To prevent another Christchurch we must confront the right’s hate preachers

There are coping strategies for dealing with terrorism and the feeling it is meant to induce, namely terror. One is to tell yourself, it won’t happen to me. Following the massacre of 49 people at prayer in two mosques in Christchurch, New Zealand, many non-Muslims might be saying to themselves, if only in a guilty whisper, “I am not Muslim, I’ll be OK.” Another strategy is to tell yourself, it won’t happen here. That’s hard, though, for if it can happen in a country that has long seen itself as a serene haven, distant from a turbulent world, then it can surely happen anywhere. And still others may fall back on that perennial reassurance: this was just one deranged individual.

Theresa May has finally got the Brexiters where she wants them

MPs had the chance to take back control of Brexit – wresting this tortured process from a weak, flailing and moribund government – and they ducked it. Sure, it was by the narrowest of margins, losing by just two votes, 312 to 314, but MPs passed up the opportunity to take charge and say, at long last, what kind of Brexit they want. They preferred instead to grant Theresa May yet another lifeline for her own deal – which, incredibly, will come back for a third meaningful vote on Tuesday.

Theresa May has finally got the Brexiters where she wants them

MPs had the chance to take back control of Brexit – wresting this tortured process from a weak, flailing and moribund government – and they ducked it. Sure, it was by the narrowest of margins, losing by just two votes, 312 to 314, but MPs passed up the opportunity to take charge and say, at long last, what kind of Brexit they want. They preferred instead to grant Theresa May yet another lifeline for her own deal – which, incredibly, will come back for a third meaningful vote on Tuesday.

The Conservatives have left Britain with no real government

It’s been true for a while that the Conservative party has become fundamentally ungovernable, its warring factions so far apart it’s all but impossible to have them marching in the same direction, at least when it comes to Europe. It’s a condition that afflicted the Tories under Theresa May’s predecessors, spelling doom for David Cameron, John Major and Margaret Thatcher. But today Britain has to face a condition that is new: not only are the Conservatives ungovernable but, under the Tories, the country itself is ungoverned. Functionally, the United Kingdom currently lacks a government.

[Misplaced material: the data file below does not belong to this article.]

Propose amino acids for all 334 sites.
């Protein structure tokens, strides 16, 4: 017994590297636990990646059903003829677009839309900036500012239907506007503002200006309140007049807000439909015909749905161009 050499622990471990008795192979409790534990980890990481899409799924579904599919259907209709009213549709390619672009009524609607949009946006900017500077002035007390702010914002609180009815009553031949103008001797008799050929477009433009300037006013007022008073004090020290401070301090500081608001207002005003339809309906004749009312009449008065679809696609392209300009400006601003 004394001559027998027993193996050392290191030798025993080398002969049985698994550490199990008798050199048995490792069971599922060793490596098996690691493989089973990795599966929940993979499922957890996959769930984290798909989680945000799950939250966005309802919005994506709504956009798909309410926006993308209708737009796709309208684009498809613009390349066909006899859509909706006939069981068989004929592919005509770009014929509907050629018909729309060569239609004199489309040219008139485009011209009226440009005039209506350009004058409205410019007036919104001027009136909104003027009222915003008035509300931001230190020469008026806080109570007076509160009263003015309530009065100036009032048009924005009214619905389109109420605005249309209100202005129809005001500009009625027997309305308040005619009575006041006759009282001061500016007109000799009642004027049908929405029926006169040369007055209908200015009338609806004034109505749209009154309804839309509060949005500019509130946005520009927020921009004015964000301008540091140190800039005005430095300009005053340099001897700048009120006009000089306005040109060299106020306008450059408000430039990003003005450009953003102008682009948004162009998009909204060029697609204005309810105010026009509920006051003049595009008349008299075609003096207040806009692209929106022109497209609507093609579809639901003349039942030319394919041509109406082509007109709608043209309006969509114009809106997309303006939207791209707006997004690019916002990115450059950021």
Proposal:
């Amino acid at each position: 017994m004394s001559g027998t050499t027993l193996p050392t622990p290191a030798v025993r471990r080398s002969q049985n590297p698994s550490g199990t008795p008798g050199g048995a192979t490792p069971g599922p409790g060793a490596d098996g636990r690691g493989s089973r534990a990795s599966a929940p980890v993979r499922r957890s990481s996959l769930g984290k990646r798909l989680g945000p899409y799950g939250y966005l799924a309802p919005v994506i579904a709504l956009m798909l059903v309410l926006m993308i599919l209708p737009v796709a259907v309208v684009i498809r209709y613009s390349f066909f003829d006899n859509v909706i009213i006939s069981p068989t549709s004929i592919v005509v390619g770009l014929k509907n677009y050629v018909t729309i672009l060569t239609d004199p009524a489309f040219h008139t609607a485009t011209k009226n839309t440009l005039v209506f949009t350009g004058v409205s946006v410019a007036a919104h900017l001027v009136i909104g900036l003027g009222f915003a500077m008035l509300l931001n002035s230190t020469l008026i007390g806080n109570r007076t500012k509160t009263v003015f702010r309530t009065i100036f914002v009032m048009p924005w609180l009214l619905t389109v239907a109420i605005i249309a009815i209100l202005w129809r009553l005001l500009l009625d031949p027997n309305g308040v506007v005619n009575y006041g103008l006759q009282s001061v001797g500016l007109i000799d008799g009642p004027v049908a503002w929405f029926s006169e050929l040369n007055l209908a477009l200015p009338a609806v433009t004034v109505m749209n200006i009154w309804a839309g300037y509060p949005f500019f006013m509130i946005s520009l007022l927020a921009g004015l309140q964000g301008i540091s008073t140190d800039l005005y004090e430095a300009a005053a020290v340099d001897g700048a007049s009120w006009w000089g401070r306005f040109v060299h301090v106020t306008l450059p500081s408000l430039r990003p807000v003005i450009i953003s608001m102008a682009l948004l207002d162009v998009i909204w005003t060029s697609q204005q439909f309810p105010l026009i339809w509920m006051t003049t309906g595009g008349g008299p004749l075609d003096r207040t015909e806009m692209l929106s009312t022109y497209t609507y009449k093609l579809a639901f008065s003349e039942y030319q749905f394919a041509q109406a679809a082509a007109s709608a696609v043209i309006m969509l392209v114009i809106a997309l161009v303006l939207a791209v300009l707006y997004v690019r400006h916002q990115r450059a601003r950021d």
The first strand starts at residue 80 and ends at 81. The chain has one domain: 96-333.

Anti-vaxxers, the Momo challenge … why lies spread faster than facts

With Trump making six false claims a day and bogus Brexit claims spreading, we live in a disorienting post-truth era. It all began with the David Irving trial, writes Jonathan Freedland

The queasiness keeps coming back, a very specific malady that I thought I’d put behind me nearly 20 years ago. But each time I read about, say, the bogus version of the Lisbon treaty that’s gone viral, or the “malicious hoax” of the Momo challenge, or the rise and rise of the anti-vaxxer movement, the symptoms return, stronger than ever.

If asked by a doctor to describe the sensation, I’d say it feels as if the ground beneath my feet is slipping away, that there is nothing firm or solid to stand on. What triggers it are lies, usually in the public sphere, told by those with power and authority. And it’s not just any old lie, but rather the lie that is smirkingly cavalier in its disregard for the difference between truth and falsehood, that suggests you can never really tell the difference between the two and that it doesn’t matter anyway.

Irving was saying we can’t trust anything – not even thousands of witnesses. Where did that leave what we call history?

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We now know the great prize of Brexit: becoming Trump’s prey

Shall we take a gentle amble down memory lane, a nostalgic trip back to the heady days of the referendum campaign of 2016? So many sweet promises were murmured into our ear, it can be hard to remember them all. No talk then of shelling out £33m to settle a legal case with Eurotunnel or ferry contracts for companies with no ferries, or spending billions to prepare for the cataclysm of a no-deal departure. No, back then it was all cash bonanzas of £350m a week and assurances that Brexit would be smooth and seamless – the Europeans needed us more than we needed them, after all – so that, by the time 23 June 2016 came around, voting leave seemed like a painless, risk-free option. Not only was there nothing to lose, there was so much to gain. And top of the list was a big, shiny trade deal with the United States of America.